Kansan Predicts: 2017 MLB All-Star Game Starters
The Midsummer Classic is vastly approaching.
Marlins Park will be the scene of the 88th MLB All-Star Game on July 11th in Miami.
With the game arriving in the coming weeks, Kansan sports editor Wesley Dotson and sports writer Shaun Goodwin have provided predictions of which players they believe will start at each position for their respective league.
American League All-Star Starter Predictions
Shaun Goodwin | @ShaunGoodwinUDK
Catcher — Salvador Perez, Kansas City Royals
There won’t be many arguments about this one.
The four-time Golden Glove award winner and 2015 World Series MVP will be heading to his fifth-straight All-Star game. With a .289 batting average, Perez has the most home runs (16) and RBIs (48) of all catchers in the American League.
On the defensive end, Perez holds a .998 fielding percentage and has allowed 30 stolen bases in 2017. He has also caught 14 runners attempting to steal. Those three categories rank within the top three in the AL.
Honorable mention: Brian McCann, Houston Astros
First Base — Justin Smoak, Toronto Blue Jays
There are two players who have very strong arguments to be the starting first baseman in this year’s All-Star Game at Marlins Park: the Kansas City Royals’ Eric Hosmer and the Toronto Blue Jays’ Justin Smoak.
Although the odds look favored toward Hosmer returning to his hometown as the reigning All-Star MVP, I believe that Smoak should be the man starting at first base. Just like Hosmer’s Royals, Smoak’s Blue Jays struggled throughout April, entering May with a record of 7-16. Since then, the Blue Jays have rallied to a record of 36-40, with Smoak boasting a WAR of 2.3.
He has also hit 21 home runs and 49 RBIs in 32 less at-bats than Hosmer, both of which trump Hosmer’s nine homers and 32 RBIs.
Honorable mention: Eric Hosmer, Kansas City Royals
Second Base — Jose Altuve, Houston Astros
Houston Astros’ Jose Altuve will be looking to head to his fifth — and third-straight — All-Star Game, behind an impressive .327 batting average and 14 stolen bases in 2017.
A vital part of 2017’s hottest team, Altuve has the second-most hits in the American League this year with 98 in 300 at-bats. Altuve has also scored 51 runs in 2017, the second-most in the AL, as well a WAR of 3.7, the third-best in the AL.
Honorable mention: Jonathan Schoop, Baltimore Orioles
Third Base — Jose Ramirez, Cleveland Indians
This was a tough decision, with the starting position possibly going to several players. Cleveland Indians third baseman Jose Ramirez and Minnesota Twins third baseman Miguel Sanó are two front runners for me, as well as the Royals’ Mike Moustakas certainly having reason to call for an outside chance.
Ramirez’s .321 batting average is a huge standout, the fourth-best average in the AL this season. His average consists of 94 hits (third-best in AL), 25 doubles (tied for second-best in AL) and four triples (best in AL). On the defensive end, he has the best fielding percentage at third base in the AL (.973), turning in a total of 18 double plays in 2017.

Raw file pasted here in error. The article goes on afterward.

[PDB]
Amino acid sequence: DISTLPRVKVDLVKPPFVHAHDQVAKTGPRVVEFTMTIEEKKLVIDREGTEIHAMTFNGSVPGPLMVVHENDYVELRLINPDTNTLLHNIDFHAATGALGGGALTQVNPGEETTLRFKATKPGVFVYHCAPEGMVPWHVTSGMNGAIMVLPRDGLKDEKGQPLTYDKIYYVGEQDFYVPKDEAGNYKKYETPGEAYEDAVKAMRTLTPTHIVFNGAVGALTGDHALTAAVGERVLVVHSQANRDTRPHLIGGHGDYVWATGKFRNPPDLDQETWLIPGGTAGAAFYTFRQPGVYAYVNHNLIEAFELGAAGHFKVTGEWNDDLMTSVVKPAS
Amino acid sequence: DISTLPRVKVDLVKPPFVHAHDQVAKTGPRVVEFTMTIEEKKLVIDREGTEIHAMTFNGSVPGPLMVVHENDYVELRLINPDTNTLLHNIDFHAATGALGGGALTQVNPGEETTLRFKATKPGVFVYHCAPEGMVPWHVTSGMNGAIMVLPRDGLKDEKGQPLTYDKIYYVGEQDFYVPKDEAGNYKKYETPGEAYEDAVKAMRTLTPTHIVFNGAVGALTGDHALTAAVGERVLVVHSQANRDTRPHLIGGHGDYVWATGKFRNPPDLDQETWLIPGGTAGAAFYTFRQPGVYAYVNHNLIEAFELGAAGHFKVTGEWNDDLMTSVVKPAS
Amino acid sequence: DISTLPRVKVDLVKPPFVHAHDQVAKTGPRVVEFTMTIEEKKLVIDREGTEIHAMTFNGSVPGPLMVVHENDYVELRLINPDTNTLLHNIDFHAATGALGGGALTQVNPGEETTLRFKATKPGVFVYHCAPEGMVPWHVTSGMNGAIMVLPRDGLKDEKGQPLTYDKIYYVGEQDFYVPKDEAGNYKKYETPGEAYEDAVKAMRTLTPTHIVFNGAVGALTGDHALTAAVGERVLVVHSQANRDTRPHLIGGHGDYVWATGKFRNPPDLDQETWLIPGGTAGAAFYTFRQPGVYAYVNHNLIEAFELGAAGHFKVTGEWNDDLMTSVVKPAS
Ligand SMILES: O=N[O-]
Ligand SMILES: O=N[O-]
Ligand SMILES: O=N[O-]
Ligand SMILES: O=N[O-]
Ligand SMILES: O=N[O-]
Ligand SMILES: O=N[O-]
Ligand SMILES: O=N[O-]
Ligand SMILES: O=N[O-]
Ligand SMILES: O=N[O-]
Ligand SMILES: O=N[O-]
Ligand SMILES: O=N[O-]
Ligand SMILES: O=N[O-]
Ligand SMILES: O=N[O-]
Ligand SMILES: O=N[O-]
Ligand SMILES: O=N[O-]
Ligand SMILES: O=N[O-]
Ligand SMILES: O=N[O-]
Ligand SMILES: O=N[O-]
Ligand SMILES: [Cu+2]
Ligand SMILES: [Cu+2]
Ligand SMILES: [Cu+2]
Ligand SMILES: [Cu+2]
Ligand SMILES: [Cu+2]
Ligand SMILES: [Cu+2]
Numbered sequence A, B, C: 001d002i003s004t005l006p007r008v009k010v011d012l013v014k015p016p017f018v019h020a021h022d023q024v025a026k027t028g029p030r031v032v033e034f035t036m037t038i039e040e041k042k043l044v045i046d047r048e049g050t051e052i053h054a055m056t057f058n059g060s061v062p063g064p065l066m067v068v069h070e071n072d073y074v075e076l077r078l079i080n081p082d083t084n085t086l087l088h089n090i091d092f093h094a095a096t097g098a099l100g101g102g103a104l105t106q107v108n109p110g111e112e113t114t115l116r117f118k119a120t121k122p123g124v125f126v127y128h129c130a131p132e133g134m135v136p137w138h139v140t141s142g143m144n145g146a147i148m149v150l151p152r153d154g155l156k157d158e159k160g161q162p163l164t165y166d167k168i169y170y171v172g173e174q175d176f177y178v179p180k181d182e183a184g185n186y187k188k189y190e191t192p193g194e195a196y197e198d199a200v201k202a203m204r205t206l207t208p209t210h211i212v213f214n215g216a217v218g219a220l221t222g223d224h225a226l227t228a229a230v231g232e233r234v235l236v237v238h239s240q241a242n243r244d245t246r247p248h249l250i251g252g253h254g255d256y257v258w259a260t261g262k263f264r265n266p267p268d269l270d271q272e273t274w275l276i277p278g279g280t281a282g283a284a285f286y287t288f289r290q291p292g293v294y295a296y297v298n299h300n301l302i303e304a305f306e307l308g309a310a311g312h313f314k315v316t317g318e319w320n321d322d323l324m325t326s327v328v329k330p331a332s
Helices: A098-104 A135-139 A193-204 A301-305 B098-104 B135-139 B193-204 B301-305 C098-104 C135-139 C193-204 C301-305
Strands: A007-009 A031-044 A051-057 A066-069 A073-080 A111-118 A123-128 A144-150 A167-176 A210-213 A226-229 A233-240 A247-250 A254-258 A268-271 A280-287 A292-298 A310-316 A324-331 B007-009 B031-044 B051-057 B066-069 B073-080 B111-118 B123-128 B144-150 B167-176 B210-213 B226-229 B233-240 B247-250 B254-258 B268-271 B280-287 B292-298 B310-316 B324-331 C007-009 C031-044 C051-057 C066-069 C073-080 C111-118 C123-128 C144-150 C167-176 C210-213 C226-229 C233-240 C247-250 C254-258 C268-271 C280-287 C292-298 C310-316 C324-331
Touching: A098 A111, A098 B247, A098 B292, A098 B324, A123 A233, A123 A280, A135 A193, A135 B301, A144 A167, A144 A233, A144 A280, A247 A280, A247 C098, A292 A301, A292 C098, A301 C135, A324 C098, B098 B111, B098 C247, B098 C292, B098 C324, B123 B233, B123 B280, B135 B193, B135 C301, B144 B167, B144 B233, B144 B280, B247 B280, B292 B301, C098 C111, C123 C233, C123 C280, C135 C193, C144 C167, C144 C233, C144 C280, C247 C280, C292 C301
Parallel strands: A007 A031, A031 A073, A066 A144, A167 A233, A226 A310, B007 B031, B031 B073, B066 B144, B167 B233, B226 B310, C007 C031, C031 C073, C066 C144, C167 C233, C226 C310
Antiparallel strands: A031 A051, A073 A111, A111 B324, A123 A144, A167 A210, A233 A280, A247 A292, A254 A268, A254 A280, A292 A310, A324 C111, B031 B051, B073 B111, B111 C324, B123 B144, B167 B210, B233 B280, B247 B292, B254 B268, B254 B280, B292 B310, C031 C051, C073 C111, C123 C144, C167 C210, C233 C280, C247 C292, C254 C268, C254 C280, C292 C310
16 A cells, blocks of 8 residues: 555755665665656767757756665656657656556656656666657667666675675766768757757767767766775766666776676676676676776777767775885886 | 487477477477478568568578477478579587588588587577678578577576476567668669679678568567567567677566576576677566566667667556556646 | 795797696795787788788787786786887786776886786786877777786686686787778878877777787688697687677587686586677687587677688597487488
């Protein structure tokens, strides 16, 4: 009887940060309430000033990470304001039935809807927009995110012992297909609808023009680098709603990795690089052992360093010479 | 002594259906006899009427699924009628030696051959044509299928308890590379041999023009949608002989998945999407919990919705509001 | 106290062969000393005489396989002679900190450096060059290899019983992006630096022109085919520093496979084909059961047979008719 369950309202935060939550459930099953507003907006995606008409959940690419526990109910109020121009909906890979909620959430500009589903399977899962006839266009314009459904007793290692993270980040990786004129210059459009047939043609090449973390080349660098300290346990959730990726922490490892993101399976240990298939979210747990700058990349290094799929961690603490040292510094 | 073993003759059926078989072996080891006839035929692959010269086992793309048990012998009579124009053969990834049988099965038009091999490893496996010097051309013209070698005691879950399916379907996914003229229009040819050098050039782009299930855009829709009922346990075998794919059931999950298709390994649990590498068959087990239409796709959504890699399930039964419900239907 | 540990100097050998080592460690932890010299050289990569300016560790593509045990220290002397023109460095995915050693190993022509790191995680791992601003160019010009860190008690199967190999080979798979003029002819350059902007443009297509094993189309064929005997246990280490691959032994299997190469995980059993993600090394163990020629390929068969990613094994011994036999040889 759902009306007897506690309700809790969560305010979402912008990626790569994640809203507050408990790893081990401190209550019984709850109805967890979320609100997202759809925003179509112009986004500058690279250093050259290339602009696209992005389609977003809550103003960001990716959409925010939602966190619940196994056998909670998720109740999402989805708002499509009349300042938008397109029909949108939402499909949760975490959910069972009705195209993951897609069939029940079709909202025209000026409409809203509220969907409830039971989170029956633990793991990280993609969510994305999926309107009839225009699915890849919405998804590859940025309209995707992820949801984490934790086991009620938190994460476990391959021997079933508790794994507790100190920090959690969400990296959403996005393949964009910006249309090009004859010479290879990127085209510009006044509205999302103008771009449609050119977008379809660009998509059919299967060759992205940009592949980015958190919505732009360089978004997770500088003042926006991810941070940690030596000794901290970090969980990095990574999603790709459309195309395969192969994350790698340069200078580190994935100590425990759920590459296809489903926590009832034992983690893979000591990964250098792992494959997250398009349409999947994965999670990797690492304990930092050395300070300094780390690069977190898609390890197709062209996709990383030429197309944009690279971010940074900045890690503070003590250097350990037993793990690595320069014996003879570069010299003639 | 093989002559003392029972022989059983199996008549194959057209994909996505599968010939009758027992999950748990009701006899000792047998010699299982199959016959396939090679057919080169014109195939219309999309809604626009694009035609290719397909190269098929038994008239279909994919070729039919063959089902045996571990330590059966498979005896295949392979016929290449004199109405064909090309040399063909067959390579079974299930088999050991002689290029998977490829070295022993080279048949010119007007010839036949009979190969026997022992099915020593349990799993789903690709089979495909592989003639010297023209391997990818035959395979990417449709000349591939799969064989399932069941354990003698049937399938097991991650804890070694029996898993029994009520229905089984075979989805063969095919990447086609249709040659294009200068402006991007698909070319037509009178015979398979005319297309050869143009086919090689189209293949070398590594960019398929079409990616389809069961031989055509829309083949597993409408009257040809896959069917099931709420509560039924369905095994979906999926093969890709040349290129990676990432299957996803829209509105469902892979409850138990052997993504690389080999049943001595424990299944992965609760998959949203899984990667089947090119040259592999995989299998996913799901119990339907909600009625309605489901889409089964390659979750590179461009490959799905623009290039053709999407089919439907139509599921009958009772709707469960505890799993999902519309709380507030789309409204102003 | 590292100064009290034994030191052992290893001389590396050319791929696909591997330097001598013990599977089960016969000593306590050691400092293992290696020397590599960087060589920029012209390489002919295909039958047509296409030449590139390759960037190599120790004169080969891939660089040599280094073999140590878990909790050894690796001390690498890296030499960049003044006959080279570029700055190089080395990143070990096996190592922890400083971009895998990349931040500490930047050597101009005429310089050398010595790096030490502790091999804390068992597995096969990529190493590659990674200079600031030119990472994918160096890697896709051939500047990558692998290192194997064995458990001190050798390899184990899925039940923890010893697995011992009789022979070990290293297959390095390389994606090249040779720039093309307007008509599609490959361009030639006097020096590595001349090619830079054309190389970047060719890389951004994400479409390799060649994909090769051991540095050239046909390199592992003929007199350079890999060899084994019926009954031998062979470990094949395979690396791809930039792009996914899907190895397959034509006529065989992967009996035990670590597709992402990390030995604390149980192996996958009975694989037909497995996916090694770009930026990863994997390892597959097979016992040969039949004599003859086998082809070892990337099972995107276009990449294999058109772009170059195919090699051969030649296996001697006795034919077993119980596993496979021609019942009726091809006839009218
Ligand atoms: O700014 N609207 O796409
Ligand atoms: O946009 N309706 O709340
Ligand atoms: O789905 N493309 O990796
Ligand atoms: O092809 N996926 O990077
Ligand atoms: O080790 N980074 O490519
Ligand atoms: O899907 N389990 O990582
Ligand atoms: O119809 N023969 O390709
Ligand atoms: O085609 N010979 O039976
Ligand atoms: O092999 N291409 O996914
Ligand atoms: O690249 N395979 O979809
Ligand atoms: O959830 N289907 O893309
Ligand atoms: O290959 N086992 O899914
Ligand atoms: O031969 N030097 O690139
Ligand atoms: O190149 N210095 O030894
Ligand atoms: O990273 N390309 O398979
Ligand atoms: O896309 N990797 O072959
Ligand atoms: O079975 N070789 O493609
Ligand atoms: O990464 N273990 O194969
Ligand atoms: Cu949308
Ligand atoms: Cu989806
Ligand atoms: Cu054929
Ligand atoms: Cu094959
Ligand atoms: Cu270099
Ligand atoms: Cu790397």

In comparison, although Sanó beats out Ramirez in home runs (18) and RBIs (53), Sanó has 105 strikeouts in 2017, leading to a slugging percentage of .539, a little lower than Ramirez’s .556.
Taking all of this into consideration, although Sanó may contribute more on the offensive end with his homers and RBIs, Ramirez is more effective both at the plate and in the field, giving him the edge.
Honorable mention: Mike Moustakas, Kansas City Royals and Miguel Sanó, Minnesota Twins
Shortstop — Carlos Correa, Houston Astros
Joining Astros teammate Altuve, 2015 AL Rookie of the Year Carlos Correa looks like the frontrunner to earn his first All-Star appearance in 2017. Although Seattle Mariners shortstop Jean Segura and his .336 batting average looks like a fun pick, Correa’s performance on the defensive end gives him the edge.
Backed up by his 16 home runs and 53 RBIs, Correa also boasts a fielding percentage of .978 compared to Segura’s .963. He’s also helped turn in 41 double plays so far in 2017, putting him on course to turn in 87 double plays, which would beat his personal record of 81 in 2016.
Honorable mention: Jean Segura, Seattle Mariners
Designated Hitter — Ryon Healy, Oakland A’s
Perhaps not the most popular decision, Oakland A’s designated hitter Ryon Healy has had a great year with little recognition, most likely because the A’s are sitting in the bottom of the AL West. Although his batting average is currently only at .272, his 19 home runs and 50 RBIs are nothing to scoff at.
Healy has also been bouncing between starting for the A’s and their farm system teams for several years now, but he seems to have finally cemented his position on their MLB squad.
Healy has played several positions for the A’s this year already as well, having spent 17 games at first base and 19 games at third base. But it’s clear that the designated hitter position is by far Healy’s best place, and he should get the recognition he deserves.
Honorable mention: Nelson Cruz, Seattle Mariners
Aaron Judge, New York Yankees
After playing 27 games for the New York Yankees in 2016 before heading back down to the minors, 25-year-old right fielder Aaron Judge has made his presence known in 2017.
The baseball reincarnation of Alex Rodriguez (without the steroids), Judge has hit the most home runs in 2017 with 27, as well as produce 62 RBIs, putting him in second place behind Arizona Diamondbacks first baseman Paul Goldschmidt (66) and third baseman Jake Lamb (64).
Judge also leads the majors in WAR (4.9), slugging percentage (.699), runs scored (70) and total bases (188). He is an obvious choice to be starting in the outfield for the American League.